The widely popular augmented-reality smartphone game, Pokemon Go, has gone viral -- exceeding both Snapchat and Twitter in terms of daily active users, but the game raises serious privacy and security concerns. Pokemon Go requires users to login using Google credentials, which means that once the user grants "full access" permission, the company behind PokeMon Go now has access to players' Gmail-based email, Google Drive based files, photos and videos stored in Google Photos, and any other content within their Google accounts. May users are also downloading malware infected apps from third party sites.
Adam Levin, Chairman and Founder of IDT911 and author of "Swiped" says "people love their games and get distracted. Because the game requires a Google login and prompts the user to grant full access permissions, this could be a privacy nightmare. The makers of the game could actually be spying on your email, photos and videos and location. The security concern is that many users are downloading the app from third parties and could be infecting their devices with malware, exposing their personal and financial data and leaving them open to identity theft and phishing scams. Users should always check and be aware of what permission they are granting when installing the app and should download the app from a legitimate source."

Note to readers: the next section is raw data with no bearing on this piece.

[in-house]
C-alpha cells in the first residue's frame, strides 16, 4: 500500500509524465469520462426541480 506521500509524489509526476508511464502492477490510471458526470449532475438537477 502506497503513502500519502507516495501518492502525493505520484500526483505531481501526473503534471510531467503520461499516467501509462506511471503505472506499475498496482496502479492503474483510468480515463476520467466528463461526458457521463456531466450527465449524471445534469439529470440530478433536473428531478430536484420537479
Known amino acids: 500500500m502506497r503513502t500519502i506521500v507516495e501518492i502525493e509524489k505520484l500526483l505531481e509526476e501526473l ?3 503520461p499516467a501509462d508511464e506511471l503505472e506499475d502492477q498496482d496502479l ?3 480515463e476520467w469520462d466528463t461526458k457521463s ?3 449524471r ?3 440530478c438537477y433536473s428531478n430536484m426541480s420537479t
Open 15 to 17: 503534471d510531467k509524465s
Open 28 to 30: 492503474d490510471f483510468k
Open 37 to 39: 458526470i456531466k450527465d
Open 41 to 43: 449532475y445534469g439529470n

Adam K. Levin is a consumer advocate with more than 30 years of experience and is a nationally recognized expert on security, privacy, identity theft, fraud, and personal finance. A former Director of the New Jersey Division of Consumer Affairs, Mr. Levin is Chairman and founder of IDT911 (IDentity Theft 911) and co-founder of Credit.com. Adam Levin is the author of Amazon Best Selling Book "Swiped", in book stores now.